The word "Same" in the description refers to PATTERN, which was listed in a previous lot. The following two lots, also minimally described, were a Goloid dollar and a Metric dollar. It seems Smith was not making the distinction between the different types of stellas at this early date. If the three lots above did constitute a Morgan Goloid Set, then George Cogan was incorrect in claiming one had never been offered before in his March 1882 catalog, although he could hardly be blamed for not recognizing the true nature of the set in Smith's terse descriptions. Researchers still naturally believe the set in Smith's sale was the more common Barber Goloid Set, down to the present day.
The Garrett family managed the B. & O. Railroad, which is famous today as one of the railroad properties in the popular Monopoly board game. T. Harrison Garrett was a connoisseur of numismatics and, even though he died young in a boating accident, he had the resources to assemble one of the finest cabinets of the 19th century. His collection, including the coin offered here, was passed on to his sons, who continued to add to and upgrade their holdings until John Work Garrett passed away in 1942. The collection was donated to Johns Hopkins University after his death, and finally dispersed in a series of sales by several auction companies after 1976. When this coin was featured in lot 431 of the Garrett Collection, Part I (Bowers and Ruddy, 11/1979), it realized $115,000, a staggering price for any coin at that time.
This piece has been offered in several notable collections since the Garrett sale, always causing intense excitement and realizing higher prices at every appearance. It has been off the market for more than a decade now, realizing a stunning $310,500 in its last offering in Stack's 65th Anniversary Sale. Considering the prices recent offerings have realized, we expect it to bring a multiple of that total today.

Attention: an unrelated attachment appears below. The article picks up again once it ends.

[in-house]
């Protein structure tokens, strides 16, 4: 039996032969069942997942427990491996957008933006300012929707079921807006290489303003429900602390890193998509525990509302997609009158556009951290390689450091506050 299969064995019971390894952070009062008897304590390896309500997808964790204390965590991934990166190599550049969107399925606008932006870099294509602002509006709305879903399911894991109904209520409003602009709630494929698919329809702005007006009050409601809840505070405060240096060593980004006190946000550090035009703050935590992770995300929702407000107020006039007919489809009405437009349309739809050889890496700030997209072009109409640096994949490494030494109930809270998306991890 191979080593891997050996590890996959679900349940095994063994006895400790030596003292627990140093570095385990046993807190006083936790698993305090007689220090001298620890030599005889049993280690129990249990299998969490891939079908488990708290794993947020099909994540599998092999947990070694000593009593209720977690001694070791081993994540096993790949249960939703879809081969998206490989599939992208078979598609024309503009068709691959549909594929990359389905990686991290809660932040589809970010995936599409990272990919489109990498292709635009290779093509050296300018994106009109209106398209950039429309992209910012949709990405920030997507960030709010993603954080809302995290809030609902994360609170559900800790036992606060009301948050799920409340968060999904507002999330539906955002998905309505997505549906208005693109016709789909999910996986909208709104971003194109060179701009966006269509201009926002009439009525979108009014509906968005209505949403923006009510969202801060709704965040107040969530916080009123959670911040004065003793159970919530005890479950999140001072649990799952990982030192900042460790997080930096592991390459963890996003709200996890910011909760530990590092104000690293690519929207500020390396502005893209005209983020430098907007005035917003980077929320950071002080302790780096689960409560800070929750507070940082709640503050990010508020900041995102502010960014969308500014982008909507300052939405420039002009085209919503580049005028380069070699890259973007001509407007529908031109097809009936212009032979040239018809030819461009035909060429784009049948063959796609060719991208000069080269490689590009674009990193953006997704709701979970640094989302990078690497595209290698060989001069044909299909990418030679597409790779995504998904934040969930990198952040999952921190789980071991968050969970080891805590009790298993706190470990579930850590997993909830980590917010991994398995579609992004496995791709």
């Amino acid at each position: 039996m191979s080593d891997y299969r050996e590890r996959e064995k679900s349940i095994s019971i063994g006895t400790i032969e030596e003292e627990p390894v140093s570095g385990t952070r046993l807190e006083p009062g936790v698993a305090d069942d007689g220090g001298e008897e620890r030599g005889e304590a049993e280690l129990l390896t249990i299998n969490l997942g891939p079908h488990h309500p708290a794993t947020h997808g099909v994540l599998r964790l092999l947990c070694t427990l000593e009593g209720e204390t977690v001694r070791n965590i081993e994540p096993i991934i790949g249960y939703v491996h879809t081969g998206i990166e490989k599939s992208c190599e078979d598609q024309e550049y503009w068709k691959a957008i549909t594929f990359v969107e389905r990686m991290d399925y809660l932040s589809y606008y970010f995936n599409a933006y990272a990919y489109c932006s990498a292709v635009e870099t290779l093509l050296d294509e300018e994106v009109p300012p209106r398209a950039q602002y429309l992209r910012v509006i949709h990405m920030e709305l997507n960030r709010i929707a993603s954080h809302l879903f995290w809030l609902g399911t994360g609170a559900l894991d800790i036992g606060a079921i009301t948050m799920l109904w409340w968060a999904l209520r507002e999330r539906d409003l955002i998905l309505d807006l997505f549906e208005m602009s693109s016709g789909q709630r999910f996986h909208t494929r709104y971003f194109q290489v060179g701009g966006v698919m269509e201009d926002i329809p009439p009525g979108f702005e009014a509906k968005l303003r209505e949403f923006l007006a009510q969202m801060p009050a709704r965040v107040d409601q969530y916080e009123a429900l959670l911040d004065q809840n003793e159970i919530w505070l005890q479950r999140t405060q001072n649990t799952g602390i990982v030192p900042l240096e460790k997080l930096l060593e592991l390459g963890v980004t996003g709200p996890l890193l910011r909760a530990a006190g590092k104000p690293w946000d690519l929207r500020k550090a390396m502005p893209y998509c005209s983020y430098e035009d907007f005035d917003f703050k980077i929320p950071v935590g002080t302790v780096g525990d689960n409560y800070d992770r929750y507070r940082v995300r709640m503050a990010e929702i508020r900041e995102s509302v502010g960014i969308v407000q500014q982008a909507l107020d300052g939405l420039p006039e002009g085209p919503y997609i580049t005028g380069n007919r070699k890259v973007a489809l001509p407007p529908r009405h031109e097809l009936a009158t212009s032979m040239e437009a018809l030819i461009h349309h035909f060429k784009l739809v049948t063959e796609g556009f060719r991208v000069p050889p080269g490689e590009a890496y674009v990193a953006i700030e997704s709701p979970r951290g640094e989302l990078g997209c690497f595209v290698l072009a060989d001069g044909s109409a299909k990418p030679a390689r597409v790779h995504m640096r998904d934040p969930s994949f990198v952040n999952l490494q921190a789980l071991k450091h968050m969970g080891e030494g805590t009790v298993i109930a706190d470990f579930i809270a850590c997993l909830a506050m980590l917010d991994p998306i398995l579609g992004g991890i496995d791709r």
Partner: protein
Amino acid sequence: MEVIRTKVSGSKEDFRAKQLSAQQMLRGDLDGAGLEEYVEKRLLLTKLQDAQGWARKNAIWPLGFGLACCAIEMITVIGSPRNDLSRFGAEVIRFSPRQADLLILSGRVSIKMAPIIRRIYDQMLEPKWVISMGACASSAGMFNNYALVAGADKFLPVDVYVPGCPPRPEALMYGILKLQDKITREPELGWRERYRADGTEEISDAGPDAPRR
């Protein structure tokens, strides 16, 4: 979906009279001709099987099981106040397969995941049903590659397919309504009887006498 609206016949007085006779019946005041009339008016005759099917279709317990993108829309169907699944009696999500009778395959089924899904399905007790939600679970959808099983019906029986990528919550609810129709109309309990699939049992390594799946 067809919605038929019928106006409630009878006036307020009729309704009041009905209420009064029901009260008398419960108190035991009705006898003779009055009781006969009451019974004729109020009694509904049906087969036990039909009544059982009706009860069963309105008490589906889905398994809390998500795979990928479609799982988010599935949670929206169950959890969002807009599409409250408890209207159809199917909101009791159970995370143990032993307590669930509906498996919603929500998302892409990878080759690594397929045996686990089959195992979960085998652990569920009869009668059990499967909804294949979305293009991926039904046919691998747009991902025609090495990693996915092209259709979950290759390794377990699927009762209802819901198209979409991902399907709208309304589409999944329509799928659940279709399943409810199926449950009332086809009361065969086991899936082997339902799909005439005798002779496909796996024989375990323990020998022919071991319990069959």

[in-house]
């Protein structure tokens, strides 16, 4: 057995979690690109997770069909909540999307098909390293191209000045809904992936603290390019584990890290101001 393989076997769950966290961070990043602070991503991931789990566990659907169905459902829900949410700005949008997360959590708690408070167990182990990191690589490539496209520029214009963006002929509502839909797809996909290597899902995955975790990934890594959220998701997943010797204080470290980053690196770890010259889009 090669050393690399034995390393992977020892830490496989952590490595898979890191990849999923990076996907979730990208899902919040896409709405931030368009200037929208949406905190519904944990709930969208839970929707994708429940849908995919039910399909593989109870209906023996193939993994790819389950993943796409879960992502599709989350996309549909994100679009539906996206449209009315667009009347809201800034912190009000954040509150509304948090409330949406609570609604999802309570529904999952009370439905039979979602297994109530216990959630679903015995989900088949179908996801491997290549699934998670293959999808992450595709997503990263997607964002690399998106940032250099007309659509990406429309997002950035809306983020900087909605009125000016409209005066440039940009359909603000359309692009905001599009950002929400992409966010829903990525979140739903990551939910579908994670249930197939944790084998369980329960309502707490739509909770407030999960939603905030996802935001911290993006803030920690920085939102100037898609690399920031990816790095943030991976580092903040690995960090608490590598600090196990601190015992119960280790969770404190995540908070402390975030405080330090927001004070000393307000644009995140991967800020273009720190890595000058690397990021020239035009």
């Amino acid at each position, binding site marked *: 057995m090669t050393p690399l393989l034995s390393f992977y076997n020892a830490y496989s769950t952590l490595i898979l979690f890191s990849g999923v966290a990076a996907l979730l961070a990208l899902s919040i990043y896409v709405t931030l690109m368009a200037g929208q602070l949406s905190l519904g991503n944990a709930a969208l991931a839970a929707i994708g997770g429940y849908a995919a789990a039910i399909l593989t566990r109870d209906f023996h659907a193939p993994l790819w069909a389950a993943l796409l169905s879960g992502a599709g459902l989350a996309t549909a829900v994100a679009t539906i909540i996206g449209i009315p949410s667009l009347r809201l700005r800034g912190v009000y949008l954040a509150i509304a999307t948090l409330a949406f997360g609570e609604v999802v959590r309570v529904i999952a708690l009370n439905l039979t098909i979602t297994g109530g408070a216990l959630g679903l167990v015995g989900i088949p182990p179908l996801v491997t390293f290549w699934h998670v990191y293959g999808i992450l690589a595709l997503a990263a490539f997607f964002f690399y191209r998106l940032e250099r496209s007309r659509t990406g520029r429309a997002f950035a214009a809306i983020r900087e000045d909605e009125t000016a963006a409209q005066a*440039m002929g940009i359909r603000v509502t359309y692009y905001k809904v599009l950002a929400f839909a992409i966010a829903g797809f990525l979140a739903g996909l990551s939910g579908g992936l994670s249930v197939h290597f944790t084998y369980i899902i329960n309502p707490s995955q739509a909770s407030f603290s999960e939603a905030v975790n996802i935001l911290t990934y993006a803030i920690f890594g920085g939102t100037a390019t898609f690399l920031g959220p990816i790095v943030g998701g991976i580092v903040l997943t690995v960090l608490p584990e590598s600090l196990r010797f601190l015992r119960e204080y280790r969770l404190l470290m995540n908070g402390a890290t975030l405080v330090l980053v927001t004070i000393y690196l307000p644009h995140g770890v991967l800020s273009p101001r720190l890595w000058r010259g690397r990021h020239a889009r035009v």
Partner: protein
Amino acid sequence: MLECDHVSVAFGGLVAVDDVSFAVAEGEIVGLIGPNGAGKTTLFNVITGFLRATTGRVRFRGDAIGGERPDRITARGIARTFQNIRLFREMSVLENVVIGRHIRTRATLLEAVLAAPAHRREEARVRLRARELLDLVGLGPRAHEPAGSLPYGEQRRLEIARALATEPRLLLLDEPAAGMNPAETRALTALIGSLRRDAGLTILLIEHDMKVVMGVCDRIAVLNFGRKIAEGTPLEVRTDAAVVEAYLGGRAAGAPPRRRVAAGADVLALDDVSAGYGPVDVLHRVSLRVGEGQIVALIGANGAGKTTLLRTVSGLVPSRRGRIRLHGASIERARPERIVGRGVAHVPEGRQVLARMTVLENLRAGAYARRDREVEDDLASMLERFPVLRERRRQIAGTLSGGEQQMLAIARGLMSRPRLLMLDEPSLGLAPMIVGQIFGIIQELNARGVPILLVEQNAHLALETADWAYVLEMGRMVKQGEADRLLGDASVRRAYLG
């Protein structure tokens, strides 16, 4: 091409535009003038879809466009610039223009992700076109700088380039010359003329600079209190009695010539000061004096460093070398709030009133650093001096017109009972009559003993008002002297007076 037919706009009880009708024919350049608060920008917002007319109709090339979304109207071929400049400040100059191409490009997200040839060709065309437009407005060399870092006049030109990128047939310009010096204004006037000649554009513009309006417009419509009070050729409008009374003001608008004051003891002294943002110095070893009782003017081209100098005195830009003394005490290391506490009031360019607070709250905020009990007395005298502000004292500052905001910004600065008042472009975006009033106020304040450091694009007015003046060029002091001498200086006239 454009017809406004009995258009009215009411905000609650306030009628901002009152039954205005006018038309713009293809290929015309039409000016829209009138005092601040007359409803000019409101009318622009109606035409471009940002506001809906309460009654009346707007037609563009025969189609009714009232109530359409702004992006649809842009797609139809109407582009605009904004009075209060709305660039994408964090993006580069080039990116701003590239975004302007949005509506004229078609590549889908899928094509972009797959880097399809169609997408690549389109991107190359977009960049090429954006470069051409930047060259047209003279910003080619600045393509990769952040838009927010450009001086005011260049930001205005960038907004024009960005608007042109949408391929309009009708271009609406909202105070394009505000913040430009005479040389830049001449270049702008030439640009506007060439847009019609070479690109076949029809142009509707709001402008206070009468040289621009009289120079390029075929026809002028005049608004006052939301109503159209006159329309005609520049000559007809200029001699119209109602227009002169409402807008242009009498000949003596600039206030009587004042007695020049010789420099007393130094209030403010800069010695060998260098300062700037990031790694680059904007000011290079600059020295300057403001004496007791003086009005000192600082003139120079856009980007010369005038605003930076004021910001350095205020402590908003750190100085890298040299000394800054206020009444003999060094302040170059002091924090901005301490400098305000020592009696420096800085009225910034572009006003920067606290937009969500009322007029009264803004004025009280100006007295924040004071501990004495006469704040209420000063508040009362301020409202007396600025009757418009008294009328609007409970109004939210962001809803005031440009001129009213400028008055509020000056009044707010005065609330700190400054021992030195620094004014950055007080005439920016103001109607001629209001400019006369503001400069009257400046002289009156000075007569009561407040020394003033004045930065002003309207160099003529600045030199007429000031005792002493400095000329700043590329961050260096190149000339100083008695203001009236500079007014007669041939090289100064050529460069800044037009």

The present coin is a magnificent Premium Gem, with razor-sharp definition on most design elements, showing just a touch of softness on some hair strands due to the always present planchet striations. These striations are minimal on this specimen and not nearly as noticeable as they appear on some examples. The devices display a richly frosted texture that creates intense cameo contrast with the deeply mirrored fields. The well-preserved yellow-gold surfaces are virtually pristine, with just a tiny mark between star 1 and the dentils and a microscopic spot above the 8 in the date to act as pedigree markers. This coin possesses terrific eye appeal to complement its high technical grade and outstanding pedigree. A comparable specimen may not become available for decades. Population: 3 in 66 (1 in 66+) Cameo, 0 finer (11/13).